FINAL EARNEST

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Beal High School Jamie Johny
In the comedy `The importance of being Earnest' how far does Wilde's portrayal of Gwendolen
subvert traditional gender roles?
"The importance of being Earnest" is a play written by Oscar Wilde set in Victorian Britain,
which reflects the ideals of patriarchal Victorian society. The plot consists of agreements and
disagreements of two couples in love and the traps and comical situations that their lies produce.
Marriages, meanness and humour make up the play in order to criticize the Victorian society of
that time. Wilde portrays, a period where proper behavior is important and people are judged by
their wealth and social status. Traditional gender inequality existed with men being the decision
makers and women the passive audience. While men were busy with political issues, women
were expected to be innocent, maintain the correct etiquette and be submissive to men. In the
society portrayed by Wilde, women accept this status and in fact, speak of it with a sense of
resignation and truth. Gender in the play is also another window through which the social
opinions of the Victorian Era can be understood. Women were mainly valued for their beauty and
chastity. However Wilde questions these stereotypes in his work, by placing a female character
such as Gwendolen in a position of power. In the words of George Marotous a critique, `the play is
"dominantly" read as a satire on Victorian society and morality and the appropriate ways for men
and women to behave, a Resistant Reading would argue that the play is a satiric subversion of the
rigidity of conventional Victorian attitudes to gender and sexuality'1.
We are first introduced to the character Gwendolen when Algernon speaks of her flirting "My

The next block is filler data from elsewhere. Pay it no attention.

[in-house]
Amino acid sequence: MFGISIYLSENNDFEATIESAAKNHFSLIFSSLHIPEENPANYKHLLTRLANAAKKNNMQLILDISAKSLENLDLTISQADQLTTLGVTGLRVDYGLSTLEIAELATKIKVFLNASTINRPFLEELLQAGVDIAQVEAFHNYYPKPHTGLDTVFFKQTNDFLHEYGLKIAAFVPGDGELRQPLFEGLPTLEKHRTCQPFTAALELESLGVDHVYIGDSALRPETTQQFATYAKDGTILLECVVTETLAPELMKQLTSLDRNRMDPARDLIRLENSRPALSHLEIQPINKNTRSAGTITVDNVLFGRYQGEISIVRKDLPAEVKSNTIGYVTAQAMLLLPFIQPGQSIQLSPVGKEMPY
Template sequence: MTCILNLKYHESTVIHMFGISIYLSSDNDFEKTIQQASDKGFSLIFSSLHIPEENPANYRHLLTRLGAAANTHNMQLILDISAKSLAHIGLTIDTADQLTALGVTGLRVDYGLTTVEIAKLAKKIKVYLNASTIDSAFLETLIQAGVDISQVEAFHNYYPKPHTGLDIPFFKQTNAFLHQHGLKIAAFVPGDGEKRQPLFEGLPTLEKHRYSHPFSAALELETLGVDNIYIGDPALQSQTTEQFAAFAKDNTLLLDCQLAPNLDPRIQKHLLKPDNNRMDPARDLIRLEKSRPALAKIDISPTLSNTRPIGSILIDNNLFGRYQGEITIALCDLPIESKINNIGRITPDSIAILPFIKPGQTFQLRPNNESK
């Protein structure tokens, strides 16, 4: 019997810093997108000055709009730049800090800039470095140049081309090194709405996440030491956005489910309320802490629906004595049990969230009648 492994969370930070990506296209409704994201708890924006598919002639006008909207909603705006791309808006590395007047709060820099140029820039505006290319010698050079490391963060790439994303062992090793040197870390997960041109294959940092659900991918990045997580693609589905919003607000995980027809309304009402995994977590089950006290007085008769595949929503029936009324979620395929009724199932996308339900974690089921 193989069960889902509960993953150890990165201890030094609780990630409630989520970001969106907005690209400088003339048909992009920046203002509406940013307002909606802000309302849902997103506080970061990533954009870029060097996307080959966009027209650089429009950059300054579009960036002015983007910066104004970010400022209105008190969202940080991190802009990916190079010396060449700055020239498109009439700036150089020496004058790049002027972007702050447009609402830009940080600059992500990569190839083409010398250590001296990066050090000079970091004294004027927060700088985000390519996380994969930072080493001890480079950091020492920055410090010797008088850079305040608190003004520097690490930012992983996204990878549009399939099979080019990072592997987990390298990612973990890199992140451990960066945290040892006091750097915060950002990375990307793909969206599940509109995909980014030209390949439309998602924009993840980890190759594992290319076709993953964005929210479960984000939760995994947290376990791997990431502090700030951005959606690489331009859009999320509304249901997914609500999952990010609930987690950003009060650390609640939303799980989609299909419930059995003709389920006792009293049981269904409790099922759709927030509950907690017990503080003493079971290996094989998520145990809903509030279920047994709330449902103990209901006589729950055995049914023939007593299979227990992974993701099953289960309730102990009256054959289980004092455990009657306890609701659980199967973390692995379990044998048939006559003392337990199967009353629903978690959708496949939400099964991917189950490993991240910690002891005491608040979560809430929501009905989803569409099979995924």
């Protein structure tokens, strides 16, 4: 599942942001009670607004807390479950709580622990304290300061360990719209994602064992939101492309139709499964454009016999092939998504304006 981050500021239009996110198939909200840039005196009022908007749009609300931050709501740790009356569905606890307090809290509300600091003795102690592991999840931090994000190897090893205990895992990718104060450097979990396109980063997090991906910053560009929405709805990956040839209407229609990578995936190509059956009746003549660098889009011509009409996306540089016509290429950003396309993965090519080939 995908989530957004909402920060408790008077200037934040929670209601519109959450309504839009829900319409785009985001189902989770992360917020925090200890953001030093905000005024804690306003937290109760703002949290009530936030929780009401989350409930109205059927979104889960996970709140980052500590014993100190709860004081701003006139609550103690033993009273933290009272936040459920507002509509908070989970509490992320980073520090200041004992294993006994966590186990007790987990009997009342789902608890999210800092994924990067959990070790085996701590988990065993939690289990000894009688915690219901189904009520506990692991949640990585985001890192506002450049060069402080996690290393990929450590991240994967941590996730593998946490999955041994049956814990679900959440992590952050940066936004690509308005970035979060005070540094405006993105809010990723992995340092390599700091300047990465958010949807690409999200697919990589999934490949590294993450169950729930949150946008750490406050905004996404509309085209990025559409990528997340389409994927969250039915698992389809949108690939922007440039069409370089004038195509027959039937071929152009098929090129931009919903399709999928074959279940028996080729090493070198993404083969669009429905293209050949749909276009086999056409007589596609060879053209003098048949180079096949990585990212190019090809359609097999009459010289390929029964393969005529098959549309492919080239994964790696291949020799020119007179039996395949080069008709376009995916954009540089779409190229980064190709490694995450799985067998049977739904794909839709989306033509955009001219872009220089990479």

dear fellow, the way you flirt with Gwendolen is perfectly disgraceful. It is almost as bad as the
way Gwendolen flirts with you". The audience is introduced to the fact she is not a typical female
and when Gwendolen arrives on the scene her manner is flirtatious "oh!... I intend to develop in
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many directions" which reveals her forward nature and characterizes her persona. Also the
audience at the time would have been shocked by her sexual innuendos.…read more

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Jack's choice when he wanted to propose. Women should be demure and wait to be asked.
Gwendolen says, "You haven't proposed to me yet" again showing her authority in the
relationship
and how this is also going against her mother's decision of not marrying Jack.…read more

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Furthermore, Gwendolen has too much self-confidence in her opinions-" I am never wrong" and
she is also forward when speaking to others. Traditional women in society wouldn't act like this
however Gwendolen is more dominant then Jack in their relationship and this is unconventional
of women.…read more

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personal attributes. Gwendolen says "No, there is very little music in the name Jack, if any at all,
indeed". The most obvious instance of the play's stress on words, their meaning and their context
is the word "Earnest" itself.…read more

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Beal High School Jamie Johny
Reference:
Critique quotes 1,2 and 3 are by George
Marotous-http://resources.mhs.vic.edu.au/earnest/questions.htm#dominant
Critique Quote 4 by Eva Richardson-
http://www.prestwickhouse.com/PDF/SAMPLE/303136.…read more

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